If women accept the funds early on, one has to wonder, are they then obligated, or made to feel indebted, to go through with an adoption even if they were to rethink that decision or find new support from the father, their family or elsewhere? Is that not coercive?

Russ Amerling, one of the Choose Life founders, said the program was designed for a purpose: To offer a choice to women who neither wanted to abort nor parent, but who needed financial assistance; and to educate women and their counselors about adoption.

Are these women being given education or indoctrination? Note that no parenting education is offered, despite the fact that parenting is what the majority of women need despite being caught off guard by a pregnancy. Many married and single women experience unplanned pregnancies and never consider either abortion or adoption.

Making support contingent upon one decision over another is a clear violation of all recognized ethical, objective options counseling and not in keeping with allowing for an informed choice, and the right to self-determination as recommended by National Association of Social Workers and the Child Welfare League of America. In fact, according to ethical adoption practice, no decision to relinquish parental rights and allow an adoption of one’s child prior to the birth and time spent adjusting to the child as a reality. This program immorally an unethically locks women into a pre-birth contract.

It is sad that well-meaning intentions of many deeply religious believers are being used by a larger picture. Pro-lifers are unwittingly pawns for a religious right agenda that is anti-family and more interested in punishing “sinful” “unwed” mothers than in saving unborn lives. Truly caring, giving Christians need to ask themselves what Jesus would have done? Would he select who is worthy of his help based on their decision to parent or not? Under these restrictions, The Virgin Mary, and unmarried teenage expectant mother, would be left out in the cold manger and offered no assistance, as she chose to raise her son instead of handing him off to unrelated strangers—possibly older and wealthier— to raise.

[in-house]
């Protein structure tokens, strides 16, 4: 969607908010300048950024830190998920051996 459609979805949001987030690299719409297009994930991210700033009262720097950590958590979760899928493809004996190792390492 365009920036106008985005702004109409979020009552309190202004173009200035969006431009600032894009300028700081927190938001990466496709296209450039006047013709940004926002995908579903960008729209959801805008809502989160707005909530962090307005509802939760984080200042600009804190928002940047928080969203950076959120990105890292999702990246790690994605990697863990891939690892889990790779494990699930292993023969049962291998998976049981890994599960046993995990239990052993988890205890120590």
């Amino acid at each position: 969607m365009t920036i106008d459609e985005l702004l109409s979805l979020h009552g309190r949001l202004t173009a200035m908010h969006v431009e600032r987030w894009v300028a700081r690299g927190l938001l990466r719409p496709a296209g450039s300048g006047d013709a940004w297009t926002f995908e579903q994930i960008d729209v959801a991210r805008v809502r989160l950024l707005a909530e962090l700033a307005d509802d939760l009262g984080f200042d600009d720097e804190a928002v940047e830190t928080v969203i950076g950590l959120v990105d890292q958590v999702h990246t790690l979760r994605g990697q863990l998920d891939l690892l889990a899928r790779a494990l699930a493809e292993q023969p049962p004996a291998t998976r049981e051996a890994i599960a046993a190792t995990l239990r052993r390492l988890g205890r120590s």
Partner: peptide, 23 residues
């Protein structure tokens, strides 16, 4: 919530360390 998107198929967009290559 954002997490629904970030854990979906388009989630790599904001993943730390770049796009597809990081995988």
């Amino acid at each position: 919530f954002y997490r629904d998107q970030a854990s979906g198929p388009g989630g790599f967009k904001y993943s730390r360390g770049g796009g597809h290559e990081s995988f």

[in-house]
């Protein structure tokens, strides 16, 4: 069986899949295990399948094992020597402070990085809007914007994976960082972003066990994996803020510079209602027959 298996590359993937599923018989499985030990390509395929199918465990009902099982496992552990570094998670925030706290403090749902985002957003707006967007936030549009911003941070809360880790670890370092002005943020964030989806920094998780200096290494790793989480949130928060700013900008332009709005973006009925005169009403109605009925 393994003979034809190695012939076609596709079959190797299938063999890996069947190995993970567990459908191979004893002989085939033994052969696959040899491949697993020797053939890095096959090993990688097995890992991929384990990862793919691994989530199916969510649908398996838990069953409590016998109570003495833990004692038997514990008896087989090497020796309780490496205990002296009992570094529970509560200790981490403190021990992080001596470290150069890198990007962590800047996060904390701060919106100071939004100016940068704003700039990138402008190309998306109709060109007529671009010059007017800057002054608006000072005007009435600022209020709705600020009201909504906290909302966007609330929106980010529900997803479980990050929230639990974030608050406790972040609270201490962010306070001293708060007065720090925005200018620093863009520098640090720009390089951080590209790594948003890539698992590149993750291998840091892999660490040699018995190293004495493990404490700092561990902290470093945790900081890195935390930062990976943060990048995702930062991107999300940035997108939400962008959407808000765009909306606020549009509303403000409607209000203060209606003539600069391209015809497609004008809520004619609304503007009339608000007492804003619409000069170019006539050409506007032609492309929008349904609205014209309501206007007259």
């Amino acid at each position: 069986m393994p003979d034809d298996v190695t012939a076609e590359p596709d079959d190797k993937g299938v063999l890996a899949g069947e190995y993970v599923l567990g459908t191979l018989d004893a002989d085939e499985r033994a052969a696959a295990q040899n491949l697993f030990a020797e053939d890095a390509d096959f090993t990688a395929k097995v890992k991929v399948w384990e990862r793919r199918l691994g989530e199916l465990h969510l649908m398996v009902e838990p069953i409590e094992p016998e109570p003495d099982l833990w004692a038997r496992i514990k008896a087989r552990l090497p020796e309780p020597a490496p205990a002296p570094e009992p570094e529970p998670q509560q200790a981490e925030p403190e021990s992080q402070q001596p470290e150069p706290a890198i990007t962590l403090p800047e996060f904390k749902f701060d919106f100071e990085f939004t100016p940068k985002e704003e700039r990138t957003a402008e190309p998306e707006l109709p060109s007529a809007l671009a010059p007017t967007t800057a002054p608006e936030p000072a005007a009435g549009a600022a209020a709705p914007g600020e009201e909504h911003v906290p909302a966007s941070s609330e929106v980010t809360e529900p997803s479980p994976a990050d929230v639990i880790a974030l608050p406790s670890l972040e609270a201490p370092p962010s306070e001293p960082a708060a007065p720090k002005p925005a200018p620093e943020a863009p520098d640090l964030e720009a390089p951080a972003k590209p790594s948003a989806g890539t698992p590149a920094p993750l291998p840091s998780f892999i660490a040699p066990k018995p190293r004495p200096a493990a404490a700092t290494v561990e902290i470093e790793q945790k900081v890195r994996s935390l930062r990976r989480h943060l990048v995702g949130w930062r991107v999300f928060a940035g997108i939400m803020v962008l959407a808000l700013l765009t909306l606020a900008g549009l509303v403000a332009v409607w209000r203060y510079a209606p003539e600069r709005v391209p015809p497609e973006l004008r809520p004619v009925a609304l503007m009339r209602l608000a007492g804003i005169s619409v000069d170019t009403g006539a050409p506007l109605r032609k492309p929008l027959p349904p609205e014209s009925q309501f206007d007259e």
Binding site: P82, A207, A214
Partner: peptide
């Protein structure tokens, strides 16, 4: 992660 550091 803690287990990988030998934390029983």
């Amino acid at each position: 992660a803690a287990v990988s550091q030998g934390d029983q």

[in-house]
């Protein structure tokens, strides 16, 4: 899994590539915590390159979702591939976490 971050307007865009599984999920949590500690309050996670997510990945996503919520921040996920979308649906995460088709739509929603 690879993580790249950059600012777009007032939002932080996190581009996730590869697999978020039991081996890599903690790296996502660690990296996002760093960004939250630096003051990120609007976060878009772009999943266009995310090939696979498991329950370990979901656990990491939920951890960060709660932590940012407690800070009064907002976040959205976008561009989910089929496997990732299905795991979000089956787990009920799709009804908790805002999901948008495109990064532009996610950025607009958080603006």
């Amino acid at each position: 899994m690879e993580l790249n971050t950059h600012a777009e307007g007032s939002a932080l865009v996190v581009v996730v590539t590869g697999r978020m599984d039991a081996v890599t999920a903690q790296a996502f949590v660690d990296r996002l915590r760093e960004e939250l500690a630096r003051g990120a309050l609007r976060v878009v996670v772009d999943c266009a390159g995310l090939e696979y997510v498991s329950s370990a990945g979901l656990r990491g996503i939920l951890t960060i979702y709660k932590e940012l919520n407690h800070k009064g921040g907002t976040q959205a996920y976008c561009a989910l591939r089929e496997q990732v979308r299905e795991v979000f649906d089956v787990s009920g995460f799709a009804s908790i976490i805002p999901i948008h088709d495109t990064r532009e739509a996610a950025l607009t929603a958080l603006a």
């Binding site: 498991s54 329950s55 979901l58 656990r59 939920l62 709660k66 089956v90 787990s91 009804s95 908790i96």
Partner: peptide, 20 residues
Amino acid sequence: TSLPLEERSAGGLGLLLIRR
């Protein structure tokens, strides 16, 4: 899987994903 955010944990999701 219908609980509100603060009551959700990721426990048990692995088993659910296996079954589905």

Well-intentioned pro-life supporters are naively unaware of the connection between the religious right and the multi-billion dollar a year national adoption industry. Babies are a huge, money-making commodity and the ties are closely intertwined between the National Council for Adoption—the largest lobbying organization of adoption agencies, primarily those of the Later Day Saints—and Evangelical Christians organizations such as Focus on the Family who held a three-day summit in Colorado in May, 2007 to promote adoption.

Programs such as this Florida license plate program which offer funds to expectant mothers allegedly to save the life of their unborn—but which hold out discriminatory caveats—need to seen for what they are: a mean-spirited attack on the family and a violation of the separation of church and state. Religious beliefs are being used to discriminate against and deconstruct families in need and supply babies for adoption. This is sinful, immoral and a violation of the constitutional right to parent.

Mirah Riben is author of “The Stork Market” America’s Multi-Billion Dollar Unregulated Adoption industry”